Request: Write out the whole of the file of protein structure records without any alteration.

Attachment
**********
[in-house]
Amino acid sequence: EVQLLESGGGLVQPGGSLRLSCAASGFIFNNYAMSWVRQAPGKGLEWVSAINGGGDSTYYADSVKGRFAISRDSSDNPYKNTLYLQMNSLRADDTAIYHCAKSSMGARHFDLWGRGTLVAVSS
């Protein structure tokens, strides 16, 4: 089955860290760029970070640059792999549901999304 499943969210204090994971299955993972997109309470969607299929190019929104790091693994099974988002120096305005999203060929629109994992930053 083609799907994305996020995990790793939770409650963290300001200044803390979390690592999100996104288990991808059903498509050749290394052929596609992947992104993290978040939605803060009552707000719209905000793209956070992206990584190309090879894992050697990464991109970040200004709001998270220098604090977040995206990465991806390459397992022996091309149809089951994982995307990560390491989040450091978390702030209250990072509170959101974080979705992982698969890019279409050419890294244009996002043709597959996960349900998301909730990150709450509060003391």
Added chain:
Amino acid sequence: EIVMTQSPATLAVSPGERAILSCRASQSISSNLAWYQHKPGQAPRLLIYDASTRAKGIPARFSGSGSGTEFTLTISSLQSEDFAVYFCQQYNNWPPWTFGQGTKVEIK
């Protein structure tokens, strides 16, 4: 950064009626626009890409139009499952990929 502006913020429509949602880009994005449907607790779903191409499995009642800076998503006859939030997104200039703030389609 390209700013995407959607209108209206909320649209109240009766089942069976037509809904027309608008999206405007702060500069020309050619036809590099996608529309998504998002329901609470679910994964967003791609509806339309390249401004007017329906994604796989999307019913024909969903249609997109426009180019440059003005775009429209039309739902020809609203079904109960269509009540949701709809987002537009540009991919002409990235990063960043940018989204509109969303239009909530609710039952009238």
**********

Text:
[in-house]
Amino acid sequence: EVQLLESGGGLVQPGGSLRLSCAASGFIFNNYAMSWVRQAPGKGLEWVSAINGGGDSTYYADSVKGRFAISRDSSDNPYKNTLYLQMNSLRADDTAIYHCAKSSMGARHFDLWGRGTLVAVSS
């Protein structure tokens, strides 16, 4: 089955860290760029970070640059792999549901999304 499943969210204090994971299955993972997109309470969607299929190019929104790091693994099974988002120096305005999203060929629109994992930053 083609799907994305996020995990790793939770409650963290300001200044803390979390690592999100996104288990991808059903498509050749290394052929596609992947992104993290978040939605803060009552707000719209905000793209956070992206990584190309090879894992050697990464991109970040200004709001998270220098604090977040995206990465991806390459397992022996091309149809089951994982995307990560390491989040450091978390702030209250990072509170959101974080979705992982698969890019279409050419890294244009996002043709597959996960349900998301909730990150709450509060003391």
Added chain:
Amino acid sequence: EIVMTQSPATLAVSPGERAILSCRASQSISSNLAWYQHKPGQAPRLLIYDASTRAKGIPARFSGSGSGTEFTLTISSLQSEDFAVYFCQQYNNWPPWTFGQGTKVEIK
């Protein structure tokens, strides 16, 4: 950064009626626009890409139009499952990929 502006913020429509949602880009994005449907607790779903191409499995009642800076998503006859939030997104200039703030389609 390209700013995407959607209108209206909320649209109240009766089942069976037509809904027309608008999206405007702060500069020309050619036809590099996608529309998504998002329901609470679910994964967003791609509806339309390249401004007017329906994604796989999307019913024909969903249609997109426009180019440059003005775009429209039309739902020809609203079904109960269509009540949701709809987002537009540009991919002409990235990063960043940018989204509109969303239009909530609710039952009238």